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Circulation adiponectine levels in male adult patients: Influence of abdominal obesity and hypertriglyceridemia (pp. 145-158) $100.00
Authors:  (T. Meroño, L. Gómez Rosso, M. Menafra, G. Giunta, L. Boero, L. Schreier, L. Cuniberti, Fernando D. Brites)
Abstract:
Recent studies have revealed that adiponectin facilitates insulin action and presents antiatherogenic properties. However, data on the regulation of adiponectin plasma concentration and its relationship with abdominal obesity, with hypertriglyceridemia (HTG) and other metabolic characteristics are still insufficient.
To describe the main factors conditioning plasma adiponectin concentration and to evaluate its association with abdominal obesity and biomarkers of insulin resistance and vascular inflammation in a cohort of male adults attending a health centre.
Male adults attending Favaloro Hospital, Buenos Aires, Argentina, at time of a health control were enrolled. Patients were excluded if they presented diabetes, thyroid, renal or hepatic diseases, previous history of cardiovascular disease, or actual treatment with drugs known to affect carbohydrate or lipid metabolism. Plasma levels of glucose, insulin, triglycerides (TG), total cholesterol, HDL-C, remnant lipoproteins (RLP)-C and LDL-C were measured by standardized methods. CETP activity and the concentrations of adiponectin and endothelial-derived cell adhesion molecules (VCAM-1, ICAM-1 and E-
selectin) were also determined. Subjects were divided according to WC quartiles: Q1) WC < 90cm (n = 22); Q2) WC 90-98cm (n = 26); Q3) WC 99-103cm (n = 18); and Q4) WC > 103cm (n = 20). Linear trends across WC quartiles were analyzed. Effects of abdominal obesity and HTG (TG>150mg/dl) on adiponectin were evaluated in a linear model adjusted by confounders.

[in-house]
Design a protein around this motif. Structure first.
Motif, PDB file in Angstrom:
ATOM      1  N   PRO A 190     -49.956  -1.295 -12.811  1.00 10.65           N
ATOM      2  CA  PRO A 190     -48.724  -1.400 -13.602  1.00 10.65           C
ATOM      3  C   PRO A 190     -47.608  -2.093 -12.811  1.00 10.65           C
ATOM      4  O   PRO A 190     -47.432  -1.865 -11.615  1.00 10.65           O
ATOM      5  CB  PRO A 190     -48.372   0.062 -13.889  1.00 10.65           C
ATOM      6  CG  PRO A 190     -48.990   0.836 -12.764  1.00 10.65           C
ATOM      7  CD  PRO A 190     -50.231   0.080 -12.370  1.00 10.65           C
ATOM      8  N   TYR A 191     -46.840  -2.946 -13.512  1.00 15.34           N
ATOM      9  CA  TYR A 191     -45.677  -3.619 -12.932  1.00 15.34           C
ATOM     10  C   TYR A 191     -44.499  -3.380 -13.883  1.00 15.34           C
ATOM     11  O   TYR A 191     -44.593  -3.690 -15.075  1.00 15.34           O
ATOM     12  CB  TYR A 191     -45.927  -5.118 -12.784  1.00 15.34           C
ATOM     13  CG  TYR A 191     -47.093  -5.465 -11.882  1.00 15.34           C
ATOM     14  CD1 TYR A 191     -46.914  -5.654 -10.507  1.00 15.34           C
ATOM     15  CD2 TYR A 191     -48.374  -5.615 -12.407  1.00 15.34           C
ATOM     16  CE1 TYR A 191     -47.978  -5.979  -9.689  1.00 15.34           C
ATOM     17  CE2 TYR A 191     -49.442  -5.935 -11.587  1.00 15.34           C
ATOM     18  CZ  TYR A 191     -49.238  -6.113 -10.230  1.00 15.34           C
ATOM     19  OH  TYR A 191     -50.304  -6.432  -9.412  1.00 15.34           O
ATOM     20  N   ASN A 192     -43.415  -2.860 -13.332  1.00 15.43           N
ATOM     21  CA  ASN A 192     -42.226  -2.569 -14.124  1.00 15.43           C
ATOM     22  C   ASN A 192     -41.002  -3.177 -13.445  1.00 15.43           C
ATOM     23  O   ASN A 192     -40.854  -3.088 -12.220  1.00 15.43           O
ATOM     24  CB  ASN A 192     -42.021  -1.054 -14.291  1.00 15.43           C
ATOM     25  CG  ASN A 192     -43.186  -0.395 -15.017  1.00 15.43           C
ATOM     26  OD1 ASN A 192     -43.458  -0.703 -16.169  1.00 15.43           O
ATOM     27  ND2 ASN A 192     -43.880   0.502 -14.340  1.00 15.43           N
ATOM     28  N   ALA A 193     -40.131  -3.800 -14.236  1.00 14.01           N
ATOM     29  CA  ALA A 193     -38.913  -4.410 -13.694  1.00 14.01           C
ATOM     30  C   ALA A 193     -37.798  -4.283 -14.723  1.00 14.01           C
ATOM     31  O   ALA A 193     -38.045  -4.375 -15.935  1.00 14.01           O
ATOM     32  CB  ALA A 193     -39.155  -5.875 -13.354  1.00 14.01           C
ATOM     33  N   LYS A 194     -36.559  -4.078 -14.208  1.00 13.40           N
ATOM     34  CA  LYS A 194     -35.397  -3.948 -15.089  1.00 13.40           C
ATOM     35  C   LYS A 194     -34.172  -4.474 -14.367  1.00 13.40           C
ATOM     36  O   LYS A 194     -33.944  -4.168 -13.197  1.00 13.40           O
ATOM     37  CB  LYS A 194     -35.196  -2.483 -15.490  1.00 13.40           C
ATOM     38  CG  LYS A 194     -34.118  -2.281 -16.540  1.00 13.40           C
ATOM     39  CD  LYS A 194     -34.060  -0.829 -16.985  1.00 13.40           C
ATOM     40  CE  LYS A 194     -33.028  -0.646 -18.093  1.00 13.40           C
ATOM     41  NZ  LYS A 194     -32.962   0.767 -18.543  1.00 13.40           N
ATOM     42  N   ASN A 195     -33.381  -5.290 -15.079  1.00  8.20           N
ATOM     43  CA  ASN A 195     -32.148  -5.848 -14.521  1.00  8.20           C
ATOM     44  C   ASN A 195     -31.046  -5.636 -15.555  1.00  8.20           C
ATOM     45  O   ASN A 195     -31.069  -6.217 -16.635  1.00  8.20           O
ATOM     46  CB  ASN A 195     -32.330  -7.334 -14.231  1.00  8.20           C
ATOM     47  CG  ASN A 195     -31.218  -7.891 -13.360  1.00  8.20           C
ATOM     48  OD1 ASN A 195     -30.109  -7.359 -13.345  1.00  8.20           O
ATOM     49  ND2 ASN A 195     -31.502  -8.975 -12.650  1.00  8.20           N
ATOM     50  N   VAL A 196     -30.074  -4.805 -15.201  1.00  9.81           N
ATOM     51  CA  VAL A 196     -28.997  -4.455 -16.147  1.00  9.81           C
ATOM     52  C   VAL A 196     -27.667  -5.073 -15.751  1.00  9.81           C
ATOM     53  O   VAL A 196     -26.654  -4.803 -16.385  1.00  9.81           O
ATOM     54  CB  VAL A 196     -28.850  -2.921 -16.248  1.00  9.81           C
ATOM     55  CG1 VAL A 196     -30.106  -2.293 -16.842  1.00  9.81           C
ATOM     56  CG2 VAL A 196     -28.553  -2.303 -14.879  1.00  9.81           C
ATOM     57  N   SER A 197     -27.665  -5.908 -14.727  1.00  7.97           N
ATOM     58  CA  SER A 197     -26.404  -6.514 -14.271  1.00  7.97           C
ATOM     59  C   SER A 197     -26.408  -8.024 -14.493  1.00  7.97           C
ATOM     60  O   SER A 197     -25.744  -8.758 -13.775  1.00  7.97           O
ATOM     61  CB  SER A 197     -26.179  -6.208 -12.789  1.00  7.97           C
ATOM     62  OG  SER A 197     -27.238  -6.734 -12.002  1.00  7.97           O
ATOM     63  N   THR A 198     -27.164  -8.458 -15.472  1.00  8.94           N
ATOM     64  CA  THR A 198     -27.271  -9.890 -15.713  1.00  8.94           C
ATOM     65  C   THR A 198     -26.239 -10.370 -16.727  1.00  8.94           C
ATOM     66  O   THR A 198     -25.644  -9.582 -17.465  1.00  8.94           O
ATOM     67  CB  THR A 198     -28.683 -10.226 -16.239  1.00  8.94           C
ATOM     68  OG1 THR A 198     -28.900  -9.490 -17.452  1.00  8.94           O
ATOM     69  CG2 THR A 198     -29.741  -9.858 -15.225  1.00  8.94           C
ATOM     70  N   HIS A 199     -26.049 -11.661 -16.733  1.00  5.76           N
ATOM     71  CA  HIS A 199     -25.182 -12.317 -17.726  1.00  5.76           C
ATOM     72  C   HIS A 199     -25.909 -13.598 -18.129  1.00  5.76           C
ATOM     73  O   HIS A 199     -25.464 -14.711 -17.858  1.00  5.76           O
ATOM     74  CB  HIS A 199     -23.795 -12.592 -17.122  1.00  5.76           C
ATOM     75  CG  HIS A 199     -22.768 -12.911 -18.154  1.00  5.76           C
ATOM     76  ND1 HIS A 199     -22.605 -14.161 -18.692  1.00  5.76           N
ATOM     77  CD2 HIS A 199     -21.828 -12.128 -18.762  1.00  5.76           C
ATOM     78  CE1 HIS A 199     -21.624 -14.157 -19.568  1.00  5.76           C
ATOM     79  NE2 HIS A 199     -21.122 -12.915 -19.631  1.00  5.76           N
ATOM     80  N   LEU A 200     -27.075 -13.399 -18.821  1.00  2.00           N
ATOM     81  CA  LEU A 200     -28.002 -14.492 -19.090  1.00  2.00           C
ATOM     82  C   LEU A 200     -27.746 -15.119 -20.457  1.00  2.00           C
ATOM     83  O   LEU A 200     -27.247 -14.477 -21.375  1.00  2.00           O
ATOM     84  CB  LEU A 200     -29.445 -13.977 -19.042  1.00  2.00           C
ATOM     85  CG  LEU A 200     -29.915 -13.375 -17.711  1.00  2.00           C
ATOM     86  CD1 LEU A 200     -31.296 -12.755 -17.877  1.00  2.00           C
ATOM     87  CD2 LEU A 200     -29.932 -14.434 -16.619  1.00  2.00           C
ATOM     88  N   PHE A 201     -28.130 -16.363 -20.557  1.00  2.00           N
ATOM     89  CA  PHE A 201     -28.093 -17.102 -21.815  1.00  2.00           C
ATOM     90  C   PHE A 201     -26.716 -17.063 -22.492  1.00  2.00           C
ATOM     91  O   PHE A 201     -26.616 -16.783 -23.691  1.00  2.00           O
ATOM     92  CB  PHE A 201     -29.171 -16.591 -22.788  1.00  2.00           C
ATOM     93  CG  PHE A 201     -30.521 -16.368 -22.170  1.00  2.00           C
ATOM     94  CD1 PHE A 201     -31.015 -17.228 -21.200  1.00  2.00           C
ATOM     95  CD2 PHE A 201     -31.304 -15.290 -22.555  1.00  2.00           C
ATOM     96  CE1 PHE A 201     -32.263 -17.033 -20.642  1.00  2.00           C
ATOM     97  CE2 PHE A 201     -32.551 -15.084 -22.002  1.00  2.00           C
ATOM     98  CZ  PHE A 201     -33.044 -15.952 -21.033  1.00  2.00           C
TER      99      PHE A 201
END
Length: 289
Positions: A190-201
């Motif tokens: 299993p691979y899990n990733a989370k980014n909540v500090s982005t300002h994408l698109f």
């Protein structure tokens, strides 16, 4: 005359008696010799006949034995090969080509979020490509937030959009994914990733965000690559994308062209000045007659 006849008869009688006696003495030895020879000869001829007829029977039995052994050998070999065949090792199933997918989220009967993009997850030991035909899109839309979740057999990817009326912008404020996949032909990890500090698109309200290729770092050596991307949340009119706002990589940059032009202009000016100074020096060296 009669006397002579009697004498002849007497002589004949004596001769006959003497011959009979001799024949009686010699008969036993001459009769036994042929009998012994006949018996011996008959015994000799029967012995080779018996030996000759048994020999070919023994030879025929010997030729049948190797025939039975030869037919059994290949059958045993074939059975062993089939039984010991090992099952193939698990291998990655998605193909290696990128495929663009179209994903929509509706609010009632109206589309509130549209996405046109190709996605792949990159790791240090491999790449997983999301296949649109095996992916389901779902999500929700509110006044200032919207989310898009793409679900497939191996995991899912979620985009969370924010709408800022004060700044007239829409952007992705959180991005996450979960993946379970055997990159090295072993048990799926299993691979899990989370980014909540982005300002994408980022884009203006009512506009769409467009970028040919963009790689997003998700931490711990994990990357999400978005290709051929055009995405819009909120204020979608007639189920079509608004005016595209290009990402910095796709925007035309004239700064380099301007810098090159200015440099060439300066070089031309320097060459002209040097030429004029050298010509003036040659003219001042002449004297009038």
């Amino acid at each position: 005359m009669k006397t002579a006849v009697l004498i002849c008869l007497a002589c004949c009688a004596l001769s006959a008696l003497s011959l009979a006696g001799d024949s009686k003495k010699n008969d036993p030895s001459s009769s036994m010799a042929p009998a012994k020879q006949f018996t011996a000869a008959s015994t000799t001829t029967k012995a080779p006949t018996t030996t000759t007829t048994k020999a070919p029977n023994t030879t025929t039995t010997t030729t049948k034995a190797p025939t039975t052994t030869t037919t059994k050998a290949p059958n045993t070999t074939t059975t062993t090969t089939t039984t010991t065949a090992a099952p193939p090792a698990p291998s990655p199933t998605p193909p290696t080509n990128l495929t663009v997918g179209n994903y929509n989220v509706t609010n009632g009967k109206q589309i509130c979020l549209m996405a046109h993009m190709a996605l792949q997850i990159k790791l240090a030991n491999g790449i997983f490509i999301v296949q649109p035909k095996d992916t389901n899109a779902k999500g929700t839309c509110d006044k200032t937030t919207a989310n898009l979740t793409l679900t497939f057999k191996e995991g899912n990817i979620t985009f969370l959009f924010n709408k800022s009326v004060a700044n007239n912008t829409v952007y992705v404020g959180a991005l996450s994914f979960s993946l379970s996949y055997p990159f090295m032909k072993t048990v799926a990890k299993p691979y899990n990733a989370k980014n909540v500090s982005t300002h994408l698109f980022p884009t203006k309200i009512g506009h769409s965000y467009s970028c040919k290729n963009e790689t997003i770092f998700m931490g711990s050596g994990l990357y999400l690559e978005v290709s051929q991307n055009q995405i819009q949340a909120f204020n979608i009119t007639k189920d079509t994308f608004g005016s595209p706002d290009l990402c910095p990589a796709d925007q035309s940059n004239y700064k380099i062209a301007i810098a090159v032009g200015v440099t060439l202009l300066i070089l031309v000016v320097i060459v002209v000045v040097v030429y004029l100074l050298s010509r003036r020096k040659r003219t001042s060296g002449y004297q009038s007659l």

Across WC quartiles, positive linear trends were evidenced for age, hypertensive and HTG subjects, insulin concentration, HOMA-IR, TG, RLP-C, CETP activity and VCAM-1 levels; while, negative ones for HDL-C, RLP-C/TG ratio and adiponectin (all p < 0.05). Furthermore, adiponectin levels were correlated with WC (r = -0.28, p < 0.01), glucose (r= -0.25, p < 0.05), HOMA-IR (r = -0.40, p < 0.001), TG (r = -0.31, p < 0.005), HDL-C (r = 0.26, p < 0.05), RLP-C (r = -0.29, p < 0.01), VCAM-1 levels (r = -0.48, p < 0.001) and CETP activity (r = -0.28, p < 0.01). Furthermore, abdominal obesity did not exert a significant effect on circulating adiponectin concentration while HTG did (F = 4.69, p < 0.05). In addition, subjects with HTG displayed lower adiponectin than non-HTG ones, only when they fitted the Q1 and Q2 (4.7 [2.8-6.2] vs. 6.7 [5.3-10.7] μg/ml, p < 0.001 for Q1 and Q2 individuals and 4.6 [3. 2-6.0] vs. 5. 1 [3.9-7.1]μg/ml, p > 0.05, for Q3 and Q4 subjects). Moreover, adiponectin antiatherogenic properties were evidenced as its concentration explained a 22% of VCAM-1 levels total variance.
Patients with higher grade of abdominal obesity, in addition to increment in markers of insulin resistance, presented higher levels of biomarkers of vascular inflammation and atherosclerosis. Adiponectin plasma levels remained high only in patients with low WC and without HTG. TG concentration might be a better tool than WC for easily identifying subjects with low adiponectin concentration, whose vascular beds might be less protected. 


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Circulation adiponectine levels in male adult patients: Influence of abdominal obesity and hypertriglyceridemia (pp. 145-158)